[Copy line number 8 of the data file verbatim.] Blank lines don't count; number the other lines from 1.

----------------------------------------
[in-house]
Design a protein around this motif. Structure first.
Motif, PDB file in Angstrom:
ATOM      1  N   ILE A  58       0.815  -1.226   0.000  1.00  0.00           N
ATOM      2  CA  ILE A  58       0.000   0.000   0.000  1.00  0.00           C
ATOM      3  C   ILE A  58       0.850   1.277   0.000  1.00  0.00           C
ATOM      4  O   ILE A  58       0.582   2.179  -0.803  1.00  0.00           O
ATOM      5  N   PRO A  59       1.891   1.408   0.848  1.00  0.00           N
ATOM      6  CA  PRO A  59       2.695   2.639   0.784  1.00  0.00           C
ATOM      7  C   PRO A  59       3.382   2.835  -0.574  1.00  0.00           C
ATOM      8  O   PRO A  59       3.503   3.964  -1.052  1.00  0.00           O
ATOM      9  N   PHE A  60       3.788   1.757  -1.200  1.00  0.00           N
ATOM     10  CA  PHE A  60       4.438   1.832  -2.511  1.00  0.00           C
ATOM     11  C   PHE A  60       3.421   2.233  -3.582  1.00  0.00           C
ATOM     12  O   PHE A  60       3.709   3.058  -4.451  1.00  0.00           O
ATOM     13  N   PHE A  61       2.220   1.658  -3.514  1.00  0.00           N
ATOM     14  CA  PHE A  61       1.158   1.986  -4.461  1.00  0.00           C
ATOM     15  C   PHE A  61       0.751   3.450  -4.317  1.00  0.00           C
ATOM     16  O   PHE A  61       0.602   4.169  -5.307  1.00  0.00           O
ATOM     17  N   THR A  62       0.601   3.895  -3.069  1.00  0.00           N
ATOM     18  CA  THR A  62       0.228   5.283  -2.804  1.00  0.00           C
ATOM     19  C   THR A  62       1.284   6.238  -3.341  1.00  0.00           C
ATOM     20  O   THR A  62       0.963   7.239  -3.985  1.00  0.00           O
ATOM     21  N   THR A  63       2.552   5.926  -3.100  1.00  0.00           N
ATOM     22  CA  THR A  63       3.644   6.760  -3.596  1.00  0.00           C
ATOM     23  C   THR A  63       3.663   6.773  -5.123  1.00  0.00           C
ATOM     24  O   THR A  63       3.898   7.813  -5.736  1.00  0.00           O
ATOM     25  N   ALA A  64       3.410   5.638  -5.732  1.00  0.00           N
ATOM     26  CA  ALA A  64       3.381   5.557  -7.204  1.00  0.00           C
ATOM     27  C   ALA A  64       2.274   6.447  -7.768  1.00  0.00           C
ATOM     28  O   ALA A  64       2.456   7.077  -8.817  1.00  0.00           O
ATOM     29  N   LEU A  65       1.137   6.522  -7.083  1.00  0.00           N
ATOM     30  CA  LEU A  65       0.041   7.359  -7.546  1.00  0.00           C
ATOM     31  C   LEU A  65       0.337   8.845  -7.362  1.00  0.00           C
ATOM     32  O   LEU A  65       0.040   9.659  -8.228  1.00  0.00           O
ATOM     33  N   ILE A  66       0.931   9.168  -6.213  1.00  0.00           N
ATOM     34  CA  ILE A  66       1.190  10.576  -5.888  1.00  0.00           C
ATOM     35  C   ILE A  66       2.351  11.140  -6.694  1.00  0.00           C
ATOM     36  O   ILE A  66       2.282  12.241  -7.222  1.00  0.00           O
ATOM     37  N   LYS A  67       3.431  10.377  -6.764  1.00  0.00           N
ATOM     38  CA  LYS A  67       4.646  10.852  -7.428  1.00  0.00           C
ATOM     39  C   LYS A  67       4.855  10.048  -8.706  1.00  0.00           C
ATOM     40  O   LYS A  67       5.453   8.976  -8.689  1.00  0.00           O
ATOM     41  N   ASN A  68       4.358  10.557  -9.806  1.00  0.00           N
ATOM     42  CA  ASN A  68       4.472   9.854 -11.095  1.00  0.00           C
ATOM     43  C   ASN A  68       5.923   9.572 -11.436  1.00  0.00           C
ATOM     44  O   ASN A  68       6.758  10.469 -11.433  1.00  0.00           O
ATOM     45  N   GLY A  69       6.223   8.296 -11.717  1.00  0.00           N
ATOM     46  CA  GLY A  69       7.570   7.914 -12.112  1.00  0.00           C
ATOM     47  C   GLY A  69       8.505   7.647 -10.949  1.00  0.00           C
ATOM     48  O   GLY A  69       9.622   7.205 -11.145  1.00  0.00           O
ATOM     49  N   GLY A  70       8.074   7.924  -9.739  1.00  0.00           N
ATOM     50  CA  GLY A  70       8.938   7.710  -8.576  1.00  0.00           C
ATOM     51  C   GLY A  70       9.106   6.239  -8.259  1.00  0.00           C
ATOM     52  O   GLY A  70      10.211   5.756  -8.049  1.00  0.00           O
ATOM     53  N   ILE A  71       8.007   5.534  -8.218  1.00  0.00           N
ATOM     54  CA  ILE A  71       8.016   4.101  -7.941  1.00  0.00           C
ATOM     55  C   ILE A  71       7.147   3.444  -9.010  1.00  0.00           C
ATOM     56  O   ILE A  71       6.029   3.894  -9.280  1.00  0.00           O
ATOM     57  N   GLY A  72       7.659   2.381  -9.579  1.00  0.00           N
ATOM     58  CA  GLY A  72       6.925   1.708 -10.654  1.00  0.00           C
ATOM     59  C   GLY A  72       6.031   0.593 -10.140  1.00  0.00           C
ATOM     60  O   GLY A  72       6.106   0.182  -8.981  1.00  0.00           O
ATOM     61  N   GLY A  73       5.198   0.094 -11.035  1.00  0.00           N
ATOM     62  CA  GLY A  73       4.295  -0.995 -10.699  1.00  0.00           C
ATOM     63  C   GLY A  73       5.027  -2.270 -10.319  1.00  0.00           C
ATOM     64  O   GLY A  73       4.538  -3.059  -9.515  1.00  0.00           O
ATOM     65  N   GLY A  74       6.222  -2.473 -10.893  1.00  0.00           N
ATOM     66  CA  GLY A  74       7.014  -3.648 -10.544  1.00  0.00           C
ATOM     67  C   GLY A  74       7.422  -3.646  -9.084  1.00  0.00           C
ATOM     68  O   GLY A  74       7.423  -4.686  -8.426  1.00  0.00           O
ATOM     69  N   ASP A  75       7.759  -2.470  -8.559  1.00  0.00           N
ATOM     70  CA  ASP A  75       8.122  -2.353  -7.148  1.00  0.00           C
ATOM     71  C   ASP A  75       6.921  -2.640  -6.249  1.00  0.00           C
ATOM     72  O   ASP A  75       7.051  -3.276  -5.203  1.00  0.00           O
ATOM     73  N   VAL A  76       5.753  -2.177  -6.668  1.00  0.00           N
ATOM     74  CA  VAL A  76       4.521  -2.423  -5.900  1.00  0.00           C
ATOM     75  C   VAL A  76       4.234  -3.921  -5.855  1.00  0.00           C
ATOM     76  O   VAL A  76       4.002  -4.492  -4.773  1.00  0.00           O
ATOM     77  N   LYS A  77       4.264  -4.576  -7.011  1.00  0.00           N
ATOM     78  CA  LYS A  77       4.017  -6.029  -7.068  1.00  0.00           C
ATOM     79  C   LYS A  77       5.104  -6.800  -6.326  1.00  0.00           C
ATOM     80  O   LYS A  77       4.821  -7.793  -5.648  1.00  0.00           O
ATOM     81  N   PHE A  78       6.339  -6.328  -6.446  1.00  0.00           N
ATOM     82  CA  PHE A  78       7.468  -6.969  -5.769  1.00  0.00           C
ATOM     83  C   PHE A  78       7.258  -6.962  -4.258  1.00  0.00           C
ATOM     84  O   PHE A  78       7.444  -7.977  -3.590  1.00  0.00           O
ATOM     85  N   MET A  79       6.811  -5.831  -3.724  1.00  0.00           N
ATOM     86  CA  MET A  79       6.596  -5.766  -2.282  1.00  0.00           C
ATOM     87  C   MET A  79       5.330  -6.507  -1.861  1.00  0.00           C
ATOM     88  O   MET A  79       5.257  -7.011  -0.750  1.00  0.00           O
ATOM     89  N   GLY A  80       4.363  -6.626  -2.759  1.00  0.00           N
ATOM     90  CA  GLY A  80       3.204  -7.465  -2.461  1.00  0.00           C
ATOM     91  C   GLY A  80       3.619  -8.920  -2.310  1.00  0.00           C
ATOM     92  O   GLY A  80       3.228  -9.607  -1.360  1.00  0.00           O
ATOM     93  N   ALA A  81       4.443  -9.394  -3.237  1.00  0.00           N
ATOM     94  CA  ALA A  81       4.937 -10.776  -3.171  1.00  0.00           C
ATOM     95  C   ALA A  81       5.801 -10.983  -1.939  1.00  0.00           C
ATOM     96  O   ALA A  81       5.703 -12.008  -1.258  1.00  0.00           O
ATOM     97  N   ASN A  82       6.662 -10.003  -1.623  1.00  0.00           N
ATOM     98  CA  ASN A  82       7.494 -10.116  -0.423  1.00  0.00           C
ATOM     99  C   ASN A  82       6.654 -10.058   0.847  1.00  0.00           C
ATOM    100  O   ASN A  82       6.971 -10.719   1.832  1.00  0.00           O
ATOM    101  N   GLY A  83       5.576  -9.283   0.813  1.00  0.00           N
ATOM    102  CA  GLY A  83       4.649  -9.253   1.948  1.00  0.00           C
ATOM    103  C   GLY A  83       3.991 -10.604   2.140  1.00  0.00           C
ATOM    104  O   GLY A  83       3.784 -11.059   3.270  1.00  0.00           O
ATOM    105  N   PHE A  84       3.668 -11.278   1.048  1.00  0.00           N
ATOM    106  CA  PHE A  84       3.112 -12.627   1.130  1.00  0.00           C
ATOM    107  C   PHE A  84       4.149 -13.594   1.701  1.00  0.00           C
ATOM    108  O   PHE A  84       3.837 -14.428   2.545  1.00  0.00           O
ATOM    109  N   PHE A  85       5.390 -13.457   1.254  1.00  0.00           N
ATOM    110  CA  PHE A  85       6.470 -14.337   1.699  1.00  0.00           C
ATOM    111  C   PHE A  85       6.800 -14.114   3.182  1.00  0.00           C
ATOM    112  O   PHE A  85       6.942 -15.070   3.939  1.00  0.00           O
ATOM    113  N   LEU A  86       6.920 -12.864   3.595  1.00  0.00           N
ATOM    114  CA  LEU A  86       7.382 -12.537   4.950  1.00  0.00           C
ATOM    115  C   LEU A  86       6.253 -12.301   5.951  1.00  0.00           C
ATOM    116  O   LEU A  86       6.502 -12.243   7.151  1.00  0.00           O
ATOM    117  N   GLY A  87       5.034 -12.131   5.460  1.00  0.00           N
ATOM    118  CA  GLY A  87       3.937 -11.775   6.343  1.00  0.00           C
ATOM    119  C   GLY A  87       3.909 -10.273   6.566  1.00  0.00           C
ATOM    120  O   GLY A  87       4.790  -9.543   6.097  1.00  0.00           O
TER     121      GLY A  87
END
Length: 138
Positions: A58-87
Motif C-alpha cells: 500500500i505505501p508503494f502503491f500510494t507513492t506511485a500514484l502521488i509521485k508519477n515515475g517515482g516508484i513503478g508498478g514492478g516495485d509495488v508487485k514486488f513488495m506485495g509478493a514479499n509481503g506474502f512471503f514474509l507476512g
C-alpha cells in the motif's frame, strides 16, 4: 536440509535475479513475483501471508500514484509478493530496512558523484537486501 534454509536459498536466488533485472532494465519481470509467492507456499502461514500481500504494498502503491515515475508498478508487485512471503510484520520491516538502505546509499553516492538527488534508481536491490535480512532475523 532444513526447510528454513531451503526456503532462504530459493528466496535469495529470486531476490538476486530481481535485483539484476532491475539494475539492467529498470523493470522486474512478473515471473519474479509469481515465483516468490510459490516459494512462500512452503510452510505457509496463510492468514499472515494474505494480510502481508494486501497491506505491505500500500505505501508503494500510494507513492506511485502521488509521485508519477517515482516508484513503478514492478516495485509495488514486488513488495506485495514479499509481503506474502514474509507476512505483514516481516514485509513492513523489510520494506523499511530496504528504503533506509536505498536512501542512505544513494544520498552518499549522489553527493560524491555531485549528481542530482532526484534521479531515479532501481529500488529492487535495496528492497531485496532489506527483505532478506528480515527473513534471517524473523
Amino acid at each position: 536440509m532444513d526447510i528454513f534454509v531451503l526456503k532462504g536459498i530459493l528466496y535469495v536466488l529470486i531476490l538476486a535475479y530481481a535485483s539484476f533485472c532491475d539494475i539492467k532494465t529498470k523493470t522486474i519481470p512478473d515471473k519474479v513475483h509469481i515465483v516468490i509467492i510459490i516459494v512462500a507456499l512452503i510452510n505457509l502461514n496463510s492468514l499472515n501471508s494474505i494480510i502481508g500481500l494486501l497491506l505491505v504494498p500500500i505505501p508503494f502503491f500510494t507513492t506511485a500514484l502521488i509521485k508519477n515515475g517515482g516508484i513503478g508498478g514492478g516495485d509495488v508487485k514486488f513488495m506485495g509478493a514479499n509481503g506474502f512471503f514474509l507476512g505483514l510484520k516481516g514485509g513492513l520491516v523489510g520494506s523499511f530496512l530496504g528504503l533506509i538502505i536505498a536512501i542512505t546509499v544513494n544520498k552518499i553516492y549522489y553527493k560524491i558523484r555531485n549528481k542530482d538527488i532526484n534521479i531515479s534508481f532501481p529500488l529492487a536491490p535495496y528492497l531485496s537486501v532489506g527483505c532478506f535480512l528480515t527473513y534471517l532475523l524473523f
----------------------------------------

ATOM      5  N   PRO A  59       1.891   1.408   0.848  1.00  0.00           N